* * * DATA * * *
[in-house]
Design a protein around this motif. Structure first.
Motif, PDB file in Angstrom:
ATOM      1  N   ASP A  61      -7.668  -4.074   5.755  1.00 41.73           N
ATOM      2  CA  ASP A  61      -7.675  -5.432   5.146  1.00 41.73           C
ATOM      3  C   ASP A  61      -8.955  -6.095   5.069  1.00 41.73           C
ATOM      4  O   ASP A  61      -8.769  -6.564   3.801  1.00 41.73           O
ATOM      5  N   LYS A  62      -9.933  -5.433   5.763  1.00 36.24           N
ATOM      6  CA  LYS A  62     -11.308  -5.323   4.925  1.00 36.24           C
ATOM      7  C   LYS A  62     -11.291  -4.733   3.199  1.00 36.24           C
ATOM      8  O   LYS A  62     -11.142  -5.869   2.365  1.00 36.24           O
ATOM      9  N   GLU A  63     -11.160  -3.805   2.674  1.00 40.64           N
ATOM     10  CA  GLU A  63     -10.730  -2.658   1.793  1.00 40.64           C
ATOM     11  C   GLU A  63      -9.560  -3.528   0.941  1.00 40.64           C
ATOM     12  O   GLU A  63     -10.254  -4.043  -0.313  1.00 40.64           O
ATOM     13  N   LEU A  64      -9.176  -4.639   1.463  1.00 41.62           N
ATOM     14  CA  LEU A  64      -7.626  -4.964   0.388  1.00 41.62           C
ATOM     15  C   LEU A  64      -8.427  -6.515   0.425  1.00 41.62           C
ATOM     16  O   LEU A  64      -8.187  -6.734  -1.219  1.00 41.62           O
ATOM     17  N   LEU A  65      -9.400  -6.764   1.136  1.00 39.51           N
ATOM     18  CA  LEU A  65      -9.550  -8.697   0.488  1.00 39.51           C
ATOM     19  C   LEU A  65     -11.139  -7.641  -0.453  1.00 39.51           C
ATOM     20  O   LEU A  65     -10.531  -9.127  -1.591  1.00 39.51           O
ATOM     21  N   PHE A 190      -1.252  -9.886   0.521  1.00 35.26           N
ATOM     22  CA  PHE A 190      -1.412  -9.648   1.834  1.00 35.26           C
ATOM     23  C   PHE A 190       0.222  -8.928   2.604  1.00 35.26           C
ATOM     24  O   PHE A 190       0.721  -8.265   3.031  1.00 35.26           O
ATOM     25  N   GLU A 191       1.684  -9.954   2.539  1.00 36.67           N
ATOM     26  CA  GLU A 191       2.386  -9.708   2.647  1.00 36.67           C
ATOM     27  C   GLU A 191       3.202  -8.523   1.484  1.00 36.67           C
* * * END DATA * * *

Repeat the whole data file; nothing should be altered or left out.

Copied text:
[in-house]
Design a protein around this motif. Structure first.
Motif, PDB file in Angstrom:
ATOM      1  N   ASP A  61      -7.668  -4.074   5.755  1.00 41.73           N
ATOM      2  CA  ASP A  61      -7.675  -5.432   5.146  1.00 41.73           C
ATOM      3  C   ASP A  61      -8.955  -6.095   5.069  1.00 41.73           C
ATOM      4  O   ASP A  61      -8.769  -6.564   3.801  1.00 41.73           O
ATOM      5  N   LYS A  62      -9.933  -5.433   5.763  1.00 36.24           N
ATOM      6  CA  LYS A  62     -11.308  -5.323   4.925  1.00 36.24           C
ATOM      7  C   LYS A  62     -11.291  -4.733   3.199  1.00 36.24           C
ATOM      8  O   LYS A  62     -11.142  -5.869   2.365  1.00 36.24           O
ATOM      9  N   GLU A  63     -11.160  -3.805   2.674  1.00 40.64           N
ATOM     10  CA  GLU A  63     -10.730  -2.658   1.793  1.00 40.64           C
ATOM     11  C   GLU A  63      -9.560  -3.528   0.941  1.00 40.64           C
ATOM     12  O   GLU A  63     -10.254  -4.043  -0.313  1.00 40.64           O
ATOM     13  N   LEU A  64      -9.176  -4.639   1.463  1.00 41.62           N
ATOM     14  CA  LEU A  64      -7.626  -4.964   0.388  1.00 41.62           C
ATOM     15  C   LEU A  64      -8.427  -6.515   0.425  1.00 41.62           C
ATOM     16  O   LEU A  64      -8.187  -6.734  -1.219  1.00 41.62           O
ATOM     17  N   LEU A  65      -9.400  -6.764   1.136  1.00 39.51           N
ATOM     18  CA  LEU A  65      -9.550  -8.697   0.488  1.00 39.51           C
ATOM     19  C   LEU A  65     -11.139  -7.641  -0.453  1.00 39.51           C
ATOM     20  O   LEU A  65     -10.531  -9.127  -1.591  1.00 39.51           O
ATOM     21  N   PHE A 190      -1.252  -9.886   0.521  1.00 35.26           N
ATOM     22  CA  PHE A 190      -1.412  -9.648   1.834  1.00 35.26           C
ATOM     23  C   PHE A 190       0.222  -8.928   2.604  1.00 35.26           C
ATOM     24  O   PHE A 190       0.721  -8.265   3.031  1.00 35.26           O
ATOM     25  N   GLU A 191       1.684  -9.954   2.539  1.00 36.67           N
ATOM     26  CA  GLU A 191       2.386  -9.708   2.647  1.00 36.67           C
ATOM     27  C   GLU A 191       3.202  -8.523   1.484  1.00 36.67           C